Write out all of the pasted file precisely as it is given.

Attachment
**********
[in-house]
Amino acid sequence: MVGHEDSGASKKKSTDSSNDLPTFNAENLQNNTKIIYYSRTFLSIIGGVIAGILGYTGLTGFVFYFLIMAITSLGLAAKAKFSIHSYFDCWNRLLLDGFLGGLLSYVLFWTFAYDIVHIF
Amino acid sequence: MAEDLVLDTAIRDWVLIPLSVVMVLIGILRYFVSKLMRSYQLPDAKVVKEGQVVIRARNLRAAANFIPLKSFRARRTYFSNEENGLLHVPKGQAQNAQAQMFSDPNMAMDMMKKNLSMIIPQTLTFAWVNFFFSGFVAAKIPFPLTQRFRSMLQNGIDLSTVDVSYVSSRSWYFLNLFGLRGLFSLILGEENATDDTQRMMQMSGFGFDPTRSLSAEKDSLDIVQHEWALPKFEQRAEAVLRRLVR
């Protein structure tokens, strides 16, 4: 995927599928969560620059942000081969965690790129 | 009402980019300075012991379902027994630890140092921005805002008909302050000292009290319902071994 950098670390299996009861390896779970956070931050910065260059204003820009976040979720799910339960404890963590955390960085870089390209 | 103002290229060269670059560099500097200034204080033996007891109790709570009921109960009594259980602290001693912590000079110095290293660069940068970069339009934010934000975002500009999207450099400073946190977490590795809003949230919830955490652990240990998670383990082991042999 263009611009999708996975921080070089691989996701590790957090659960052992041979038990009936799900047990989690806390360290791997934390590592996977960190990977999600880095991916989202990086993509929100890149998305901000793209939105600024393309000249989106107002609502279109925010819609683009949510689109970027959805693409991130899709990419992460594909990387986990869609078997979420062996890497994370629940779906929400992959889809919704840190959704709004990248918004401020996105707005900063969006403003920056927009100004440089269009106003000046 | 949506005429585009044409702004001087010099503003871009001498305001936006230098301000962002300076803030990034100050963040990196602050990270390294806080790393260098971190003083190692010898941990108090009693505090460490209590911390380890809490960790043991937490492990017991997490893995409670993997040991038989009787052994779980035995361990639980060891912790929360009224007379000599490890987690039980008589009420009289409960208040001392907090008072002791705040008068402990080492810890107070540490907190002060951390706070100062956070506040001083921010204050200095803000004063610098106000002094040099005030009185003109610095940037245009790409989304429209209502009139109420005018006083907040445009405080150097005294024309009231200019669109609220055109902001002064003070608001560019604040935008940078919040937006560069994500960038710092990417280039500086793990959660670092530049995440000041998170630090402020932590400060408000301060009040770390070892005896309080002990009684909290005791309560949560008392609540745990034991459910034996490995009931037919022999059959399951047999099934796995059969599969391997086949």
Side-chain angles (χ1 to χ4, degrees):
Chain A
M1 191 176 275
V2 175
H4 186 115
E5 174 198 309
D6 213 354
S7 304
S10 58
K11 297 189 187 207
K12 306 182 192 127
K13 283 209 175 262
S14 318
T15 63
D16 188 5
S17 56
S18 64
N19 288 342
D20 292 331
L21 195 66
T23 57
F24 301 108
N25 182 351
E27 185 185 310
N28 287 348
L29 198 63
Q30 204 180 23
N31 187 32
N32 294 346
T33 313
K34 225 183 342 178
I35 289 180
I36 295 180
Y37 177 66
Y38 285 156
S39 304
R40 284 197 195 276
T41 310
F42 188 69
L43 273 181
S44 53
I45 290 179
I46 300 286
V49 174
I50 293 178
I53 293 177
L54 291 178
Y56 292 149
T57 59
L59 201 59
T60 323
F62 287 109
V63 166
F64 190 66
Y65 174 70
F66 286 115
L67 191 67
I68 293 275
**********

[in-house]
Amino acid sequence: MVGHEDSGASKKKSTDSSNDLPTFNAENLQNNTKIIYYSRTFLSIIGGVIAGILGYTGLTGFVFYFLIMAITSLGLAAKAKFSIHSYFDCWNRLLLDGFLGGLLSYVLFWTFAYDIVHIF
Amino acid sequence: MAEDLVLDTAIRDWVLIPLSVVMVLIGILRYFVSKLMRSYQLPDAKVVKEGQVVIRARNLRAAANFIPLKSFRARRTYFSNEENGLLHVPKGQAQNAQAQMFSDPNMAMDMMKKNLSMIIPQTLTFAWVNFFFSGFVAAKIPFPLTQRFRSMLQNGIDLSTVDVSYVSSRSWYFLNLFGLRGLFSLILGEENATDDTQRMMQMSGFGFDPTRSLSAEKDSLDIVQHEWALPKFEQRAEAVLRRLVR
């Protein structure tokens, strides 16, 4: 995927599928969560620059942000081969965690790129 | 009402980019300075012991379902027994630890140092921005805002008909302050000292009290319902071994 950098670390299996009861390896779970956070931050910065260059204003820009976040979720799910339960404890963590955390960085870089390209 | 103002290229060269670059560099500097200034204080033996007891109790709570009921109960009594259980602290001693912590000079110095290293660069940068970069339009934010934000975002500009999207450099400073946190977490590795809003949230919830955490652990240990998670383990082991042999 263009611009999708996975921080070089691989996701590790957090659960052992041979038990009936799900047990989690806390360290791997934390590592996977960190990977999600880095991916989202990086993509929100890149998305901000793209939105600024393309000249989106107002609502279109925010819609683009949510689109970027959805693409991130899709990419992460594909990387986990869609078997979420062996890497994370629940779906929400992959889809919704840190959704709004990248918004401020996105707005900063969006403003920056927009100004440089269009106003000046 | 949506005429585009044409702004001087010099503003871009001498305001936006230098301000962002300076803030990034100050963040990196602050990270390294806080790393260098971190003083190692010898941990108090009693505090460490209590911390380890809490960790043991937490492990017991997490893995409670993997040991038989009787052994779980035995361990639980060891912790929360009224007379000599490890987690039980008589009420009289409960208040001392907090008072002791705040008068402990080492810890107070540490907190002060951390706070100062956070506040001083921010204050200095803000004063610098106000002094040099005030009185003109610095940037245009790409989304429209209502009139109420005018006083907040445009405080150097005294024309009231200019669109609220055109902001002064003070608001560019604040935008940078919040937006560069994500960038710092990417280039500086793990959660670092530049995440000041998170630090402020932590400060408000301060009040770390070892005896309080002990009684909290005791309560949560008392609540745990034991459910034996490995009931037919022999059959399951047999099934796995059969599969391997086949």
Side-chain angles (χ1 to χ4, degrees):
Chain A
M1 191 176 275
V2 175
H4 186 115
E5 174 198 309
D6 213 354
S7 304
S10 58
K11 297 189 187 207
K12 306 182 192 127
K13 283 209 175 262
S14 318
T15 63
D16 188 5
S17 56
S18 64
N19 288 342
D20 292 331
L21 195 66
T23 57
F24 301 108
N25 182 351
E27 185 185 310
N28 287 348
L29 198 63
Q30 204 180 23
N31 187 32
N32 294 346
T33 313
K34 225 183 342 178
I35 289 180
I36 295 180
Y37 177 66
Y38 285 156
S39 304
R40 284 197 195 276
T41 310
F42 188 69
L43 273 181
S44 53
I45 290 179
I46 300 286
V49 174
I50 293 178
I53 293 177
L54 291 178
Y56 292 149
T57 59
L59 201 59
T60 323
F62 287 109
V63 166
F64 190 66
Y65 174 70
F66 286 115
L67 191 67
I68 293 275